The suit, filed Friday in federal court in Fort Lauderdale, Florida, says Stone and his wife, Nydia, used a limited liability corporation called Drake Ventures to “shield their personal income … and fund a lavish lifestyle despite owing nearly $2 million in unpaid taxes, interest and penalties.”
In January 2019, the couple used Drake Ventures funds to purchase a residence in Florida’s Broward County, and quietly registered it under a trust. According to the lawsuit, the couple was in “substantial debt” to the IRS at the time, and the trust purchase was allegedly a fraudulent strategy aimed at preventing the IRS from collecting taxes owed.
Stone vowed to fight the suit.
“That my wife and I owe a significant amount in federal taxes has been a matter of public record for several years. This is not news,” he said in a statement. “We had worked diligently with the IRS to pay down our debt until we were financially destroyed by the politically motivated and corrupt … investigation” by former special counsel Robert Mueller.
Stone called the characterization that he and his wife have been enjoying a “lavish” lifestyle as “laughable.”
The Justice Department is asking the court to require the Stones to repay the nearly $2 million they owe, plus interest. It’s also wants the court to declare the transfer of Stone’s residence to the trust “fraudulent,” and that the Stones are the true owners of the property.
Stone, a longtime GOP political operative and confidant of the former president, served as Trump’s 2016 campaign adviser, and was major proponent of the “Big Lie” that the 2020 presidential election was somehow stolen from Trump.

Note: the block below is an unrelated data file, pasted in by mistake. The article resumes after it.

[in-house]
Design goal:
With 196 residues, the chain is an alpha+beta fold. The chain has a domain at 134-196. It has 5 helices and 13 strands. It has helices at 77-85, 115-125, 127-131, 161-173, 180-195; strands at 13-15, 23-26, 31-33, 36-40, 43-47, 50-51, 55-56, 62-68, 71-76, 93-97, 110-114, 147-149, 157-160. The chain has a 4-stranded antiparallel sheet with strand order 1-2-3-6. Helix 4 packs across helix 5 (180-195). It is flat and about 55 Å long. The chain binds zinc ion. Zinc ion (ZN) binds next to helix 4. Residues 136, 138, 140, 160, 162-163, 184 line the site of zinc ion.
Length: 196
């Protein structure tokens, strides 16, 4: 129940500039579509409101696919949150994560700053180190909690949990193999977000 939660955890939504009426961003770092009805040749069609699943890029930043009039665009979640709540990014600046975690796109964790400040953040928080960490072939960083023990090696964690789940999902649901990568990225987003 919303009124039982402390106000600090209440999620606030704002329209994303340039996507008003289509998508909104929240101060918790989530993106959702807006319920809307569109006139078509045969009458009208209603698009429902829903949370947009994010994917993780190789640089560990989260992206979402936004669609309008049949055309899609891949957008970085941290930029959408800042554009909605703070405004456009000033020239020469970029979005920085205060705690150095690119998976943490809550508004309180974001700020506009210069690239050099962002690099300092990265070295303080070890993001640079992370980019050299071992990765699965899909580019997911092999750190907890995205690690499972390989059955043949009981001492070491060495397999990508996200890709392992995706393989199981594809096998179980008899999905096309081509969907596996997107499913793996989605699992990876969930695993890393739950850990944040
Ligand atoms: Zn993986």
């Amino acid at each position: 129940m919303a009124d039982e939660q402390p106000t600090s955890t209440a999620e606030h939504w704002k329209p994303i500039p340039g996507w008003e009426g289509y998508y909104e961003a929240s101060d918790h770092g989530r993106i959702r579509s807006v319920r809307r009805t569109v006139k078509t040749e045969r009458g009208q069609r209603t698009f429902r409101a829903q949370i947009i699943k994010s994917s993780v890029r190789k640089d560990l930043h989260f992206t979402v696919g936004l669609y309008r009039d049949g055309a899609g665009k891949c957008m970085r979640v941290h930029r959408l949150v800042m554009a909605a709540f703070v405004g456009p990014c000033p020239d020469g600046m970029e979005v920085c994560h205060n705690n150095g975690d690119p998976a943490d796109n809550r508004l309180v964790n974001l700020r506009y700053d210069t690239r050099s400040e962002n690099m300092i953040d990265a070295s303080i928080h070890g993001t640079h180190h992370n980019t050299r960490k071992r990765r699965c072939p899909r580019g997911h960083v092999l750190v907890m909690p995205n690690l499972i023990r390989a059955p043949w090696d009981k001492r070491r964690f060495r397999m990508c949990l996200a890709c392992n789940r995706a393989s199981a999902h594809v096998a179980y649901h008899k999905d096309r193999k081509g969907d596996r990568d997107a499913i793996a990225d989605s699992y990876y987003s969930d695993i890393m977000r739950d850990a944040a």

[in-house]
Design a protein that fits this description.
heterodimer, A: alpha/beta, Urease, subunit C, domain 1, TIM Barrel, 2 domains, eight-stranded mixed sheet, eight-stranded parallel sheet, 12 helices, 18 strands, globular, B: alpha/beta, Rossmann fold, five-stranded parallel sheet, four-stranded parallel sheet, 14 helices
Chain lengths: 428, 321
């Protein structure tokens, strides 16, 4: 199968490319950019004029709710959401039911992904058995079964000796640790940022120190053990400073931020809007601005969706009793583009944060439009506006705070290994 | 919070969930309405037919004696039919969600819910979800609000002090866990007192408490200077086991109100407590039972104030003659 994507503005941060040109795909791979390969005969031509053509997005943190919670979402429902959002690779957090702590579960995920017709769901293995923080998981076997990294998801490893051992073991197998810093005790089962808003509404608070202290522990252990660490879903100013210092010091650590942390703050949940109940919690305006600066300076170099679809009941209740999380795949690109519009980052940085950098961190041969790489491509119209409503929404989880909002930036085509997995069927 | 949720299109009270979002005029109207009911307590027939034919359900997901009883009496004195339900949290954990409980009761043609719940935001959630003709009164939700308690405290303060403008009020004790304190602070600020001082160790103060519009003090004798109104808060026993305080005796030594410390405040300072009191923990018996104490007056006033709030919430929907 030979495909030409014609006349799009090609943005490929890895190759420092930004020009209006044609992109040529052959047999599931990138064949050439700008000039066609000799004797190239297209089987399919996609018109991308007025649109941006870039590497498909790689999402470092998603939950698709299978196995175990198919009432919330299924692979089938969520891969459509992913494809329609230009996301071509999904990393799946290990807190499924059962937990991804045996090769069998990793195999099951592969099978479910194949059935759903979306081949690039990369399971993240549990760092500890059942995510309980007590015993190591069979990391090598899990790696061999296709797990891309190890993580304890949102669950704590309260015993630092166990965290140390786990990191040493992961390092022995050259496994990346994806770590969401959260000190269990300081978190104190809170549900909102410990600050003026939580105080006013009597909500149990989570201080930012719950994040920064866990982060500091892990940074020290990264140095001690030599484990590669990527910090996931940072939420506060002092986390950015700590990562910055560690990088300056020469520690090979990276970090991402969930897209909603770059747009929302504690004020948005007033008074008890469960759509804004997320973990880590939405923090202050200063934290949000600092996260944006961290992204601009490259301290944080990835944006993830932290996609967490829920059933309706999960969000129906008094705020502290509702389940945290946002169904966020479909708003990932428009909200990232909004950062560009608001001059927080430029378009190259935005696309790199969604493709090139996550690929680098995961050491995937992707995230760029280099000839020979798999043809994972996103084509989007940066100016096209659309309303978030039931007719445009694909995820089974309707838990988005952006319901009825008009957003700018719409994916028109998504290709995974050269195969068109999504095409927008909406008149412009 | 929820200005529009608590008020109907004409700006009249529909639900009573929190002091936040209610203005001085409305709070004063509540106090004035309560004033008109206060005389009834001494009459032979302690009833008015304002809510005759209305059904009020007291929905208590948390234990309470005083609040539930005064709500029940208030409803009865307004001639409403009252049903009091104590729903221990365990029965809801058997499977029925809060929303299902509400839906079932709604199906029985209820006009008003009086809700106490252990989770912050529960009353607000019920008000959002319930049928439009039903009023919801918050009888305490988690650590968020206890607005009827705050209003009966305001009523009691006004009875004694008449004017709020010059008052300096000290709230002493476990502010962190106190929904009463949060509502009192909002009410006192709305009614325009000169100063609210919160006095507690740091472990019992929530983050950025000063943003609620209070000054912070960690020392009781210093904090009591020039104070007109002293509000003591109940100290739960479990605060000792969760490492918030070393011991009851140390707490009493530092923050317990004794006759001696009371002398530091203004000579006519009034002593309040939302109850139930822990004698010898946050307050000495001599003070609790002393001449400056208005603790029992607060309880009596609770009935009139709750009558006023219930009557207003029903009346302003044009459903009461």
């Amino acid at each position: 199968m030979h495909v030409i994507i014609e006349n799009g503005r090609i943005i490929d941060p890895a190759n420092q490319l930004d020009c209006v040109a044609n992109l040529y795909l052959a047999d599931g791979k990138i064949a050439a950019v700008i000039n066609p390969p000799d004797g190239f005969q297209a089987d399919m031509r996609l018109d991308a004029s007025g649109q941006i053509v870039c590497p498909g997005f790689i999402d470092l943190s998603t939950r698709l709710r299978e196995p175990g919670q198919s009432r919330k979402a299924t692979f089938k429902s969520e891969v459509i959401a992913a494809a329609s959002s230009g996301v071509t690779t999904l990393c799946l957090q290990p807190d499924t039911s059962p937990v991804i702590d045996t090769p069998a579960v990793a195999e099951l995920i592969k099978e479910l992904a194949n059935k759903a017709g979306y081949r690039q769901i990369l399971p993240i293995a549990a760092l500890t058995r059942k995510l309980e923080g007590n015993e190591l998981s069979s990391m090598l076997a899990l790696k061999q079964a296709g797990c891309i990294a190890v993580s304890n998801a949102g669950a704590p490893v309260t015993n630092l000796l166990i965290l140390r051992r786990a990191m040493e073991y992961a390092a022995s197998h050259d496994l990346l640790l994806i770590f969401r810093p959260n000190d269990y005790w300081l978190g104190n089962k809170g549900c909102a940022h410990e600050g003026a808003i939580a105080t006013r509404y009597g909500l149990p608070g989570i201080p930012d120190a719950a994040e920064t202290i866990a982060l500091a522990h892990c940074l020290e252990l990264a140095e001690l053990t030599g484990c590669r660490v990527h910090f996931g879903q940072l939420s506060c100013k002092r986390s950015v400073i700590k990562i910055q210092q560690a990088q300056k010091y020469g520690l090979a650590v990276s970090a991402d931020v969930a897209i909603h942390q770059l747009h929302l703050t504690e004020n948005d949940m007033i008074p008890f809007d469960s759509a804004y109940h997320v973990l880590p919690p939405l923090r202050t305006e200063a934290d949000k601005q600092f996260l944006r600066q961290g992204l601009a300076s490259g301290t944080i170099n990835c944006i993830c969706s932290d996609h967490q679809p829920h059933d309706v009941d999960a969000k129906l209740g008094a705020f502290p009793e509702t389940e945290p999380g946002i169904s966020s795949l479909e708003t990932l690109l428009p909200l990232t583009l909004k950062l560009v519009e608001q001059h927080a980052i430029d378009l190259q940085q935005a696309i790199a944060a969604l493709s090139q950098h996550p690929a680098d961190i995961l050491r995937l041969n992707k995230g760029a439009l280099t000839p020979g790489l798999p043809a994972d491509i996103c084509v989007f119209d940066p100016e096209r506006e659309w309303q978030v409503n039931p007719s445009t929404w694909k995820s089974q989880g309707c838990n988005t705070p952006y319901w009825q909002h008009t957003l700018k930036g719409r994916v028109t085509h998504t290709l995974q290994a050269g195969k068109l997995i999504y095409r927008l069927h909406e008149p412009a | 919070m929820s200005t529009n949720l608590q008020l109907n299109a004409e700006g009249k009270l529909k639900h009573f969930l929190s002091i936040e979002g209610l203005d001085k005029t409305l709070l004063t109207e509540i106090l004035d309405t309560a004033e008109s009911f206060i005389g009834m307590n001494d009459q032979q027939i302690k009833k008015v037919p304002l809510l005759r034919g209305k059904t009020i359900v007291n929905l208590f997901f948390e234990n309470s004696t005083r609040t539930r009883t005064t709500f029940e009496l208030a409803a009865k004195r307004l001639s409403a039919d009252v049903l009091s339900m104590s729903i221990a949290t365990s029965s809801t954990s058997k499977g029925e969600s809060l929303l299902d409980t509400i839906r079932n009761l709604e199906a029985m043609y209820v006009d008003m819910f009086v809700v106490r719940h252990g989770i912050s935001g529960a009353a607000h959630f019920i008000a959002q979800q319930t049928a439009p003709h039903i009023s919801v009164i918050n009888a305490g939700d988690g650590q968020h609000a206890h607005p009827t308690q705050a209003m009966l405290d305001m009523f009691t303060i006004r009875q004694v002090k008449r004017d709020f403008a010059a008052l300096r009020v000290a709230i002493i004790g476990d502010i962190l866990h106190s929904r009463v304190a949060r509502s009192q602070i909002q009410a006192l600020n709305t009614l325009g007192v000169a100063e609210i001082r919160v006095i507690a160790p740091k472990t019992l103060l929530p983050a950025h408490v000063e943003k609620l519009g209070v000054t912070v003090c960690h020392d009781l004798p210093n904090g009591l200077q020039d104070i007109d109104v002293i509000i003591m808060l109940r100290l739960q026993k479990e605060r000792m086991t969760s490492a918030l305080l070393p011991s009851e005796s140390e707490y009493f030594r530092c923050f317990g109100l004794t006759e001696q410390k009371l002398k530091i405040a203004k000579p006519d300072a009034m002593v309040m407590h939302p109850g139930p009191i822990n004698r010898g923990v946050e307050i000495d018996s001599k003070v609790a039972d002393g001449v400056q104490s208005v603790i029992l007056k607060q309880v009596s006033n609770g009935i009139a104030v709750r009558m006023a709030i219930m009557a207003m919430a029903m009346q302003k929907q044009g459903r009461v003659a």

Stones actions leading up to the siege of the U.S. Capitol on Jan. 6 are reportedly being investigated by the FBI. Videos show Stone in the company of members of key extremist groups who stormed the building.
In a Washington rally a month before the storming of the Capitol, Stone, surrounded by members of the violent extremist Proud Boys, urged the crowd to “never give up and fight for America” — in other words, by overturning the democratic election. The night before the Capitol attack, Stone spoke at a Washington rally and called the conflict a battle between the “godly and the godless,” between “good and evil.”
On the day of the attack, Stone hung out with members of the extremist Oath Keepers militia before they stormed the Capitol.
Trump granted clemency to Stone and eventually pardoned him last year after he was convicted of seven felonies, including lying in congressional testimony and witness-tampering in the special counsel investigation into the Trump campaign’s possible collusion with Russia in the 2016 election.